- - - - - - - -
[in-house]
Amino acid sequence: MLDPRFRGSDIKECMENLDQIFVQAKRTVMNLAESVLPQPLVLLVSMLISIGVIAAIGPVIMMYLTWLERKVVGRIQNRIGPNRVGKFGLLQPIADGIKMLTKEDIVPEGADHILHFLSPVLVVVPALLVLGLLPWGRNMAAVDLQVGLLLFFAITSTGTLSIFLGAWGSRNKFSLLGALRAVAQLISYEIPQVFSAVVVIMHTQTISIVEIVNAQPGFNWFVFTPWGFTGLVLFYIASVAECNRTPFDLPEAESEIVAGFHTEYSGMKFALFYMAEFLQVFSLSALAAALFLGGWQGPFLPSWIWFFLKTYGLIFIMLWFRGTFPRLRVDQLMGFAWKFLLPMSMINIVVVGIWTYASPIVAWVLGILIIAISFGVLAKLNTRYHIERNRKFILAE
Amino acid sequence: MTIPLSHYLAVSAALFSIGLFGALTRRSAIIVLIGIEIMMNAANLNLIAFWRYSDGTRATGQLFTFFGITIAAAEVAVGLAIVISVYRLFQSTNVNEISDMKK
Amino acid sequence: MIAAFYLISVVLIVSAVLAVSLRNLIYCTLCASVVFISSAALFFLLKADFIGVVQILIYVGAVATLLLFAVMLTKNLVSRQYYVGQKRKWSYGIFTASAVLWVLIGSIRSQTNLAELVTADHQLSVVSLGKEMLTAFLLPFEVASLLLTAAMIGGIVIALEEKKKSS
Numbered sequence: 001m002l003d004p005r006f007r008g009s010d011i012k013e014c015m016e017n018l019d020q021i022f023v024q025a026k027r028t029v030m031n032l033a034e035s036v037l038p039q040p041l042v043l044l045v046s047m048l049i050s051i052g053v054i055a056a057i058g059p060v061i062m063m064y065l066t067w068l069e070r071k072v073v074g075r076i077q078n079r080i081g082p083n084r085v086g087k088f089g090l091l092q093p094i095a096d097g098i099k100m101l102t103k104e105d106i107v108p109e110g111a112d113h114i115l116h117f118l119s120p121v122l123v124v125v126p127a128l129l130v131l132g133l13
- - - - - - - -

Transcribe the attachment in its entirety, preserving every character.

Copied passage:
[in-house]
Amino acid sequence: MLDPRFRGSDIKECMENLDQIFVQAKRTVMNLAESVLPQPLVLLVSMLISIGVIAAIGPVIMMYLTWLERKVVGRIQNRIGPNRVGKFGLLQPIADGIKMLTKEDIVPEGADHILHFLSPVLVVVPALLVLGLLPWGRNMAAVDLQVGLLLFFAITSTGTLSIFLGAWGSRNKFSLLGALRAVAQLISYEIPQVFSAVVVIMHTQTISIVEIVNAQPGFNWFVFTPWGFTGLVLFYIASVAECNRTPFDLPEAESEIVAGFHTEYSGMKFALFYMAEFLQVFSLSALAAALFLGGWQGPFLPSWIWFFLKTYGLIFIMLWFRGTFPRLRVDQLMGFAWKFLLPMSMINIVVVGIWTYASPIVAWVLGILIIAISFGVLAKLNTRYHIERNRKFILAE
Amino acid sequence: MTIPLSHYLAVSAALFSIGLFGALTRRSAIIVLIGIEIMMNAANLNLIAFWRYSDGTRATGQLFTFFGITIAAAEVAVGLAIVISVYRLFQSTNVNEISDMKK
Amino acid sequence: MIAAFYLISVVLIVSAVLAVSLRNLIYCTLCASVVFISSAALFFLLKADFIGVVQILIYVGAVATLLLFAVMLTKNLVSRQYYVGQKRKWSYGIFTASAVLWVLIGSIRSQTNLAELVTADHQLSVVSLGKEMLTAFLLPFEVASLLLTAAMIGGIVIALEEKKKSS
Numbered sequence: 001m002l003d004p005r006f007r008g009s010d011i012k013e014c015m016e017n018l019d020q021i022f023v024q025a026k027r028t029v030m031n032l033a034e035s036v037l038p039q040p041l042v043l044l045v046s047m048l049i050s051i052g053v054i055a056a057i058g059p060v061i062m063m064y065l066t067w068l069e070r071k072v073v074g075r076i077q078n079r080i081g082p083n084r085v086g087k088f089g090l091l092q093p094i095a096d097g098i099k100m101l102t103k104e105d106i107v108p109e110g111a112d113h114i115l116h117f118l119s120p121v122l123v124v125v126p127a128l129l130v131l132g133l13